Sunday, February 16, 2020

A noteworthy ruling in Washington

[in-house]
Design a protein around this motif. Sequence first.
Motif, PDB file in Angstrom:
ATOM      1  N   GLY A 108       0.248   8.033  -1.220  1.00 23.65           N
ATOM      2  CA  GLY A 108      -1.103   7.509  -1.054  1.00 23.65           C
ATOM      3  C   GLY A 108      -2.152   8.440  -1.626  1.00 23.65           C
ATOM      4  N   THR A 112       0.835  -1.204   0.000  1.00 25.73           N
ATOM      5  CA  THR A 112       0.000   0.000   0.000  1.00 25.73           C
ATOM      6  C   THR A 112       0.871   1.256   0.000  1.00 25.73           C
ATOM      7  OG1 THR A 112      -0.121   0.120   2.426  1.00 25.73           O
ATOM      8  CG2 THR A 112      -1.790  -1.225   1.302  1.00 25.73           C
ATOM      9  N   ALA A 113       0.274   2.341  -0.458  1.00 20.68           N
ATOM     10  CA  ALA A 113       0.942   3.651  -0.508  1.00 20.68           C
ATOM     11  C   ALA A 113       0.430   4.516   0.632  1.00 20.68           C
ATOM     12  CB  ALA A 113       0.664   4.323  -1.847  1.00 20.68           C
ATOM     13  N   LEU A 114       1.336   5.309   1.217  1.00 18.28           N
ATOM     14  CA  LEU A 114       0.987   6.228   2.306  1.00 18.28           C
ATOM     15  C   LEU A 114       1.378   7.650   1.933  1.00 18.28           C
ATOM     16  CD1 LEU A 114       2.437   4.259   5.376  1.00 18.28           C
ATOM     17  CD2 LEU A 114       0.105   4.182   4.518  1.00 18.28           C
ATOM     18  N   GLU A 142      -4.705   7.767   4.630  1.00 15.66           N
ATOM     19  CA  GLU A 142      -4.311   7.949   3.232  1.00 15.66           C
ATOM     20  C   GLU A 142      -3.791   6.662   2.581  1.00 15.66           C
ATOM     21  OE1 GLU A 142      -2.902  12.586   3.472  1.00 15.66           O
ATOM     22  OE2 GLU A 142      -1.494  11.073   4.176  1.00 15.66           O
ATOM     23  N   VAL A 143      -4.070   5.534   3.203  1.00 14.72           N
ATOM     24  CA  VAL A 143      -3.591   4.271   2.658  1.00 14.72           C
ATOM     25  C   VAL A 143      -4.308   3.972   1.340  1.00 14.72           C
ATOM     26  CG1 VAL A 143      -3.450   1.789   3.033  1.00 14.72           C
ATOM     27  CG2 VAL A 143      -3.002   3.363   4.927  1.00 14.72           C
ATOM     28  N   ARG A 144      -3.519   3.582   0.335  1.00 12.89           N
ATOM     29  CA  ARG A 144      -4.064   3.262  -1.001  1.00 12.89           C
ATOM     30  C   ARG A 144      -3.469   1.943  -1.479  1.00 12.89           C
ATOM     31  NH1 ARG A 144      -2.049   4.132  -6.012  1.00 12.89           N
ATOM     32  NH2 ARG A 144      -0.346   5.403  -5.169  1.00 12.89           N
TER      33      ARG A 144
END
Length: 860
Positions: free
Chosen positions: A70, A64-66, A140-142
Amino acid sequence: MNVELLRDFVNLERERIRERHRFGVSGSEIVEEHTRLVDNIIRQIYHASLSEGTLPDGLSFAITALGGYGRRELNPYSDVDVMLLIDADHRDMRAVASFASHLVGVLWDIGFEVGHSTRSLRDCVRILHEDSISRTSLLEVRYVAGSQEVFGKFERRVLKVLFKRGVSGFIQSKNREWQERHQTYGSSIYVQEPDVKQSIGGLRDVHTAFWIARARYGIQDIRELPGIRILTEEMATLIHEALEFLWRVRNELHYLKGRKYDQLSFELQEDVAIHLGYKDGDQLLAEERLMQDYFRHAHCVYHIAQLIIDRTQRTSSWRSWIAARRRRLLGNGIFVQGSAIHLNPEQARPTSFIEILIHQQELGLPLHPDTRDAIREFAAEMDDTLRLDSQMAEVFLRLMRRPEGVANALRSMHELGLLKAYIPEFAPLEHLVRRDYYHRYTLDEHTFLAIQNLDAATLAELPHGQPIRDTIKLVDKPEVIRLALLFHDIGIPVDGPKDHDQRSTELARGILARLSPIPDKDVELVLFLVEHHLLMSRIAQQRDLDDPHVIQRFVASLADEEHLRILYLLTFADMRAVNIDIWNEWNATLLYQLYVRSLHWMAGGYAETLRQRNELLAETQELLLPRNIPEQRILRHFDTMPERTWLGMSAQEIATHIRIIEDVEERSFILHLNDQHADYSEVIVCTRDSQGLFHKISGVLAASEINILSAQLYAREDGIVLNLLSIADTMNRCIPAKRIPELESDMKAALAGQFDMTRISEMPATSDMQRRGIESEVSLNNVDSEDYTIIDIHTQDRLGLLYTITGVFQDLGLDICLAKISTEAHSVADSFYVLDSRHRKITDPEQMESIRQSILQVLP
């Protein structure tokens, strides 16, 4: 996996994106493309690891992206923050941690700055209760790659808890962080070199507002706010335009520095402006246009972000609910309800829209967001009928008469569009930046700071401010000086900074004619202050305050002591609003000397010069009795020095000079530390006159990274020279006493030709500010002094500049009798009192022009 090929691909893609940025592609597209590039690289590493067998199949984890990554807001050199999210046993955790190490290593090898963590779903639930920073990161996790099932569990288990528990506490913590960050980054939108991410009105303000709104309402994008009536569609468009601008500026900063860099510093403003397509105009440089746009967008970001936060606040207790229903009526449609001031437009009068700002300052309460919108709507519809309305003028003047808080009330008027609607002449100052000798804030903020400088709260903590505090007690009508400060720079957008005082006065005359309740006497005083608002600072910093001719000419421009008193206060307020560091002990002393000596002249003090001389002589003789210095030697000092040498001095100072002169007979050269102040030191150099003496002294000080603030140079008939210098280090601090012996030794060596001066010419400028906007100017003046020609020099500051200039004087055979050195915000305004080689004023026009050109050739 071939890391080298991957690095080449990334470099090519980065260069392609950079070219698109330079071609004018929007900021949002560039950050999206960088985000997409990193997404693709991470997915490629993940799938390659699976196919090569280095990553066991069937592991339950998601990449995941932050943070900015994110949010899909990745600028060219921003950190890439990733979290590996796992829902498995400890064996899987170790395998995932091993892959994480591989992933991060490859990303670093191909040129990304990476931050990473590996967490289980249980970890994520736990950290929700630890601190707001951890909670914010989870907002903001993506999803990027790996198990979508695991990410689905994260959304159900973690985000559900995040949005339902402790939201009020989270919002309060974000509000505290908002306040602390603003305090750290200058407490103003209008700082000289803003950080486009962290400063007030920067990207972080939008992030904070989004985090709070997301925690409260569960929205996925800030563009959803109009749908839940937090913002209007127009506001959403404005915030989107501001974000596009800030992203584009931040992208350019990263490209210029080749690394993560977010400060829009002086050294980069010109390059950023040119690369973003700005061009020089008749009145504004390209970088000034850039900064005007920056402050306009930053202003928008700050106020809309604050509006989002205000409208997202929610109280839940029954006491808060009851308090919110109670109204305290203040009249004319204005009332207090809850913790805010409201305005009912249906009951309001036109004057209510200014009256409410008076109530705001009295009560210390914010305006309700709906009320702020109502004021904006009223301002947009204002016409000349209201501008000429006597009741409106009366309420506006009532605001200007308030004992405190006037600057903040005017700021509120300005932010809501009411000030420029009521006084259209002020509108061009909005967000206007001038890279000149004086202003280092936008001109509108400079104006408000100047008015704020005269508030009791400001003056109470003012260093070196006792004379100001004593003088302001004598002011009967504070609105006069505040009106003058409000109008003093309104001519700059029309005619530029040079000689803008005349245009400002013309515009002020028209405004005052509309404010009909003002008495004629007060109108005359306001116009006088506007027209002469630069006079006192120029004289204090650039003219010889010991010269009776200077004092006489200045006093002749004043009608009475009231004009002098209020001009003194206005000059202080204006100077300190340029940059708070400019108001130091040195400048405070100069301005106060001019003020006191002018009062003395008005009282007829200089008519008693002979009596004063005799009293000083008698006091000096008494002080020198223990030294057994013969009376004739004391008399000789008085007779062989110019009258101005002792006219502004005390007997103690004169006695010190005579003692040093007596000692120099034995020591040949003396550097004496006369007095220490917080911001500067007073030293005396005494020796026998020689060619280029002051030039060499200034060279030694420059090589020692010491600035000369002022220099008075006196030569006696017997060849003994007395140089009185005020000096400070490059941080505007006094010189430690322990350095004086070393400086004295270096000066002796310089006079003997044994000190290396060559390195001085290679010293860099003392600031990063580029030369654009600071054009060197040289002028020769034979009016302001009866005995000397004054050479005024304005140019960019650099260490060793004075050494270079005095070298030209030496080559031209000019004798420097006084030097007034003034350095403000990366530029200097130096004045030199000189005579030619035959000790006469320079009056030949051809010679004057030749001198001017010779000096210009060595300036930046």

The U.S. Court of Appeals for the District of Columbia Circuit has handed down Jackson v. Modly, ___ F.3d __, No. 18-5180 (D.C. Cir. Feb. 14, 2020). In a unanimous decision, the panel (per Karen LeCraft Henderson, J.), made several important rulings. First, military personnel are not entitled to sue in federal court under Title VII of the 1964 Civil Rights Act. (The appellant here had served in the Marine Corps from 1977 to 1991.) This has been the unanimous view of other circuits, but the D.C. Circuit had never squarely addressed the point. The panel's analysis is meticulous and different in some respects from those of other courts, but the bottom line is the same: no dice. Second, the panel held, in accordance with United States v. Kwai Fun Wong, 575 U.S. 402 (2015), and contrary to the D.C. Circuit's precedents, that the doctrine of equitable tolling applies to civil actions against the government that would otherwise be time-barred under the six-year statute of limitations (28 U.S.C. § 2401(a)). Thus, to the extent that the appellant's claim seemed to come within the Administrative Procedure Act, it was not jurisdictionally barred. Nonetheless, the panel found that he had failed to make out a sufficient case to warrant equitable tolling. Third, the panel held that it lacked jurisdiction over his Military Pay Act claim, since appeals in such cases are subject to the exclusive appellate jurisdiction of its sister court, the U.S. Court of Appeals for the Federal Circuit. All of this seems entirely predictable, and helps to resolve any lingering doubts on these issues.

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